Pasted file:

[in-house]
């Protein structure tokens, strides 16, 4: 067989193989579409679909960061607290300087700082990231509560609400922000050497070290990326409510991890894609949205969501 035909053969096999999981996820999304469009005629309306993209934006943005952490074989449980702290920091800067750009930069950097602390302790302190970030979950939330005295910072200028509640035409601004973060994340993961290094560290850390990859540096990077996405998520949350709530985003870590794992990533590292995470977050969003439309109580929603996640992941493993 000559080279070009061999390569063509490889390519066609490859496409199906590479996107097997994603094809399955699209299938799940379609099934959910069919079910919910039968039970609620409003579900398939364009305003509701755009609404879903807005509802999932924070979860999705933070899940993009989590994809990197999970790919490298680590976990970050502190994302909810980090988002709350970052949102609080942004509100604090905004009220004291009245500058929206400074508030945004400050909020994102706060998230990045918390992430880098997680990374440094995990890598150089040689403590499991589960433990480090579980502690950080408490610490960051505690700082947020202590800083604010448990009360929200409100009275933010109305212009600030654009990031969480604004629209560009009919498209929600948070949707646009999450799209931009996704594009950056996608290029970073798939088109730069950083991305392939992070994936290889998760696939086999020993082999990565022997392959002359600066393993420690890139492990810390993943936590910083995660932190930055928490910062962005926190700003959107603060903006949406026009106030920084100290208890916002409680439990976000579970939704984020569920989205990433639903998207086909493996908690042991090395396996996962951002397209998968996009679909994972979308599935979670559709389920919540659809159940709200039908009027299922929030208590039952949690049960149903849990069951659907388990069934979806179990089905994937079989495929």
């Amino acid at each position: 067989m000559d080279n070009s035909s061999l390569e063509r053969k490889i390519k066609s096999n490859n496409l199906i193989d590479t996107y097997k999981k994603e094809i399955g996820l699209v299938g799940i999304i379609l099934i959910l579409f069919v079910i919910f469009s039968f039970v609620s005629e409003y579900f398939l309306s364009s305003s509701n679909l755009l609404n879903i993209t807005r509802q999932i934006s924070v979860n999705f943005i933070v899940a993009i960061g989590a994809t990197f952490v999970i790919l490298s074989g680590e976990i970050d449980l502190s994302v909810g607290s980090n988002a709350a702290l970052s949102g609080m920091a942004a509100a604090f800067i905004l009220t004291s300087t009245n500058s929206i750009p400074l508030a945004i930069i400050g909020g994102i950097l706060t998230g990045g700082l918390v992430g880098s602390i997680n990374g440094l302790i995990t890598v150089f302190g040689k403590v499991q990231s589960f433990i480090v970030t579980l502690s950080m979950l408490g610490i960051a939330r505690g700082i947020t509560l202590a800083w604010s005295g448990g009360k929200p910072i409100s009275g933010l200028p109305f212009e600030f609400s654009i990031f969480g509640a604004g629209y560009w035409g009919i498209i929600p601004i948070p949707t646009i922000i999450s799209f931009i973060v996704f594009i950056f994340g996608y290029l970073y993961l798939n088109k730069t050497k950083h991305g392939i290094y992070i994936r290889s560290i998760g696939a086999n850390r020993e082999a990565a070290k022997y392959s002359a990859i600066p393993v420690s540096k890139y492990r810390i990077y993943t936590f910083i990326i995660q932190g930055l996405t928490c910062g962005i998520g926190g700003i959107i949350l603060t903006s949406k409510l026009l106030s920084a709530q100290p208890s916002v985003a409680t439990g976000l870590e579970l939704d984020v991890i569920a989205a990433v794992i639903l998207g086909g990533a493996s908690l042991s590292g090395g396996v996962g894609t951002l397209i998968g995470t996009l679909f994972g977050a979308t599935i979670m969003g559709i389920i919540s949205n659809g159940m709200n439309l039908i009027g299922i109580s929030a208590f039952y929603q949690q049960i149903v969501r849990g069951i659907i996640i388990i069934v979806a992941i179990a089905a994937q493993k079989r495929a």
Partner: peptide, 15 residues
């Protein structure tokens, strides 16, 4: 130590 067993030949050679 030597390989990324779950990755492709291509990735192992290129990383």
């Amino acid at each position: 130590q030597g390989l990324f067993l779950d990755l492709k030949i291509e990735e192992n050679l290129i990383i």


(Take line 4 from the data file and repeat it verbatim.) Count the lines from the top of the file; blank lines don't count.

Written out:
Partner: peptide, 15 residues